But for men who don't want to spend quite as much, there are plenty of machine-made sweaters in cotton and cotton blends, says Mr. Julian.

And, "if we're talking investment, cottons are probably bette[than wool]," says Mr. Julian. "Unless it's a very fine gauge wool, it'll probably be worn only six months at most out of the year." For shoppers with an eye toward price, hand-framed sweaters (the body of these sweaters is machine-made and the sleeves, neck and ribbing are hand-knit) are also good buys, he says.

Women's sweaters are equally diverse this year, says Linda Scherr, co-owner of Rococo of Baltimore. "It's the best year for sweaters we've had in five years. Everyone wants long, oversized sweaters for stirrup pants."

Comfort and casual are the operative words as the "big over little" look comes into its own. Thigh-long, hooded sweaters, draw-string tunics made of soft cottons and knits are everywhere. And many of the tunics, some with drop shoulders and big pockets, are made in chenille -- and "chenille is definitely a very leisure feeling," says Janet Koehn, fashion director for women's and men's wear at Spiegel.

Colors for women repeat the environmental tones found imenswear -- but in greater variety -- as well as the bright, jewel-inspired hues. For the holidays and for the upcoming spring season, sweaters are made in what designers are calling "icy pastels," such as pale pinks, off-whites and sea foam greens.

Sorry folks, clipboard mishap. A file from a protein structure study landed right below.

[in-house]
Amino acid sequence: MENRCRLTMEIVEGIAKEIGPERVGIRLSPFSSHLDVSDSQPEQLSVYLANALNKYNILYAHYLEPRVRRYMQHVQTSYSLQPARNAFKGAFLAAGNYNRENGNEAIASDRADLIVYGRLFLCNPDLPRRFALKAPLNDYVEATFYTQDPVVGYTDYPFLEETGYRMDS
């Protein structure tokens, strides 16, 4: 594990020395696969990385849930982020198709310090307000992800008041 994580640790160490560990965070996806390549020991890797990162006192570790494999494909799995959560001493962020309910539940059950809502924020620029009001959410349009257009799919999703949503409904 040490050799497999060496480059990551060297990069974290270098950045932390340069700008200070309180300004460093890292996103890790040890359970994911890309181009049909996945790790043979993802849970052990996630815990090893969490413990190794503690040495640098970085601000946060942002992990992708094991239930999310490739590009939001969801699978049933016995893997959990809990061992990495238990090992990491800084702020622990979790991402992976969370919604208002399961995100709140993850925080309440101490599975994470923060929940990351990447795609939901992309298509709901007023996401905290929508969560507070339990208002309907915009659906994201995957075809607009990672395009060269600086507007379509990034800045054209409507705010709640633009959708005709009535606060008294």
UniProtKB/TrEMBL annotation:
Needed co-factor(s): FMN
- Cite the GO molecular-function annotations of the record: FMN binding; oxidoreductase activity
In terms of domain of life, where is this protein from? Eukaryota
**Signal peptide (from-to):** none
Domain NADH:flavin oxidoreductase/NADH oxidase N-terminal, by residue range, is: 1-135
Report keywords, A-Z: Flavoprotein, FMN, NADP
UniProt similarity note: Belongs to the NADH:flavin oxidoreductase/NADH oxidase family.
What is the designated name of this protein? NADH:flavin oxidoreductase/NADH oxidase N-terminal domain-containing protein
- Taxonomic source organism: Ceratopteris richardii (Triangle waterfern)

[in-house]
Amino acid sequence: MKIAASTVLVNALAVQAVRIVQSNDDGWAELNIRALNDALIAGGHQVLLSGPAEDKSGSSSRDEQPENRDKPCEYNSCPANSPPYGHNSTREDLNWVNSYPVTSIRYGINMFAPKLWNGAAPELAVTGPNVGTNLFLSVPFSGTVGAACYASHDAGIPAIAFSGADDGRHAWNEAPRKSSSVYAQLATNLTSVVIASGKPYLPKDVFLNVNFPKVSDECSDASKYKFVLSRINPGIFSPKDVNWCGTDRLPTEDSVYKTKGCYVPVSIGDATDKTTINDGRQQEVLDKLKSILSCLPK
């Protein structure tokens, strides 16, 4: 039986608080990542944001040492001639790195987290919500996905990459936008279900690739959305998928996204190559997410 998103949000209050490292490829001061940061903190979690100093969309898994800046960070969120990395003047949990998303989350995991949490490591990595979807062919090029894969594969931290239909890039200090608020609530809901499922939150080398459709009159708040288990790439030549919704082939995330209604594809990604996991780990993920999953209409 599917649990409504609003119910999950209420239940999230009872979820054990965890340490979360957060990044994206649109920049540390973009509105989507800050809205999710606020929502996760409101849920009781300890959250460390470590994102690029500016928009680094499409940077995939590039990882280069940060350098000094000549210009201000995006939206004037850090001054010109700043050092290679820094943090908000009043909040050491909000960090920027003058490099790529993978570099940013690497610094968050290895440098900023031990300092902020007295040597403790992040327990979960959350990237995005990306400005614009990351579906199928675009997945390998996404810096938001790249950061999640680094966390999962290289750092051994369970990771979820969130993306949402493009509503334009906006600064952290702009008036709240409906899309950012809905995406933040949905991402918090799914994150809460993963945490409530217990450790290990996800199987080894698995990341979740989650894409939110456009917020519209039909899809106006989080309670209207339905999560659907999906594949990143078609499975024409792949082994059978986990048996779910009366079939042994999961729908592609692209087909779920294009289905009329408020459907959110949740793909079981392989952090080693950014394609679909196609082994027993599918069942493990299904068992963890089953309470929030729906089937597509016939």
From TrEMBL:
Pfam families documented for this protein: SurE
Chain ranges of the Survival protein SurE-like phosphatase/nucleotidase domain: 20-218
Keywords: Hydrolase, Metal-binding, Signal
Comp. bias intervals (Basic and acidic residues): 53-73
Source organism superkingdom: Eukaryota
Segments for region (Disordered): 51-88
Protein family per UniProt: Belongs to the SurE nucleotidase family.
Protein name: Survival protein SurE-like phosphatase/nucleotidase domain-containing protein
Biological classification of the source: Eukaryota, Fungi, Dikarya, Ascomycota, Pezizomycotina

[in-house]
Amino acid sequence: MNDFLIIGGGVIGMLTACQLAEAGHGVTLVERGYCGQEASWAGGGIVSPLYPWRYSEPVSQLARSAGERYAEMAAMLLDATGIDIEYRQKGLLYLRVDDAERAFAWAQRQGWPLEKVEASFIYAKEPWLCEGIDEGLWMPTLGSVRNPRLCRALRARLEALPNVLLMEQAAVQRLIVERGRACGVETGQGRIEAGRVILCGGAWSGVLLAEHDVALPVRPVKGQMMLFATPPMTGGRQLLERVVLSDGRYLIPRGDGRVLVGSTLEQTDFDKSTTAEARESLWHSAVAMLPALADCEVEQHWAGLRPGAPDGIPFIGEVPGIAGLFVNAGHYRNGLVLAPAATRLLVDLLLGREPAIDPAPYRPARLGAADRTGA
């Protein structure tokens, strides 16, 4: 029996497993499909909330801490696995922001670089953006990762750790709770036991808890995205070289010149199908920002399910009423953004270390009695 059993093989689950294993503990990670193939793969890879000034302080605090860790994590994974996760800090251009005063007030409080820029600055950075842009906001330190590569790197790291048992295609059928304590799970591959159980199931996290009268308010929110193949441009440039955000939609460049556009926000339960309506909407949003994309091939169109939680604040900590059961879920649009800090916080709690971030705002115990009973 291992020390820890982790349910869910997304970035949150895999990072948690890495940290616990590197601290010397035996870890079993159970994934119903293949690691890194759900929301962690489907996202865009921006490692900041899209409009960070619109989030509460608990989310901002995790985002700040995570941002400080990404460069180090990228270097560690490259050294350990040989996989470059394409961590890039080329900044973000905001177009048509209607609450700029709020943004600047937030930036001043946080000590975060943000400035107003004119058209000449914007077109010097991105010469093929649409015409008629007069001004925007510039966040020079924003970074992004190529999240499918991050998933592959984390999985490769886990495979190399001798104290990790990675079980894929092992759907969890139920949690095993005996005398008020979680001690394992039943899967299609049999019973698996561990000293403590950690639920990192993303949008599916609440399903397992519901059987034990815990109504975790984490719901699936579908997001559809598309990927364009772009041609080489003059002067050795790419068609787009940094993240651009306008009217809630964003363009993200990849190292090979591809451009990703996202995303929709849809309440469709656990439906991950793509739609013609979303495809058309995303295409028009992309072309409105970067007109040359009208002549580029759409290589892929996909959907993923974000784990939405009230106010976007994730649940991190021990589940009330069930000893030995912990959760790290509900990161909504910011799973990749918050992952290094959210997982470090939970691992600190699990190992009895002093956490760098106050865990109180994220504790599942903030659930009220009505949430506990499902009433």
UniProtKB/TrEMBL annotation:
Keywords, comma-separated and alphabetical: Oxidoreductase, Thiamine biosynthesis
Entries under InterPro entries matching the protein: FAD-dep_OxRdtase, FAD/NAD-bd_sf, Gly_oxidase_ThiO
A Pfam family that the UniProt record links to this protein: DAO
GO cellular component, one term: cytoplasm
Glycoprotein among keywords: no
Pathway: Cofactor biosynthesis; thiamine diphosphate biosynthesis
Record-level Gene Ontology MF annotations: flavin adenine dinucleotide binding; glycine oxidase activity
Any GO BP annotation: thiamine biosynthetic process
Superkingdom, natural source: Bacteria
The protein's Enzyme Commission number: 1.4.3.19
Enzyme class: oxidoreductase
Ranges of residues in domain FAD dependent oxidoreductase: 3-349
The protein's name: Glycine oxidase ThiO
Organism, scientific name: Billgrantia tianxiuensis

Extremely feminine crotcheted sweaters, both cropped-off at thwaist and thigh-long -- worn with skirts or jeans -- are offered by everyone from Spiegel to the Limited. "In the name of modesty, they're worn with cotton turtlenecks or camisoles," says Ms. Scherr.

Even sweaters for the younger set can be fashion statements this year, says Rosemary Schneider, buyer for Pied Piper Children's Wear of Baltimore. The same detailing that is popular in adult sweaters shows up in children's: Bubble and Squeak offers a line with Aztec designs and silver detailing on the buttons for boys for $45 to $60. In the $85 to $90 range, Marisa Christina Bambina has designed holiday designs hand knit into brightly colored ramie cottons.

Tips to prevent wear and tear on sweaters:

Cotton:

* Machine dry with a couple of towels to absorb the heat and prevent shrinking.

Machine "drying" a sweater (without getting it wet) helps cotton regain its shape.

Wool:

* Between wearings, brush wool with a soft clothes brush to remove dirt.

If wrinkled, place sweater in a steamy bathroom to smooth out creases.

* Dry clean or hand wash wool sweaters in mild detergent. To dry, roll in a towel, gently wring the towel. Then dry flat.

* Store sweaters flat, rather than hanging.

Baltimore Sun Articles
|
|
|
Please note the green-lined linked article text has been applied commercially without any involvement from our newsroom editors, reporters or any other editorial staff.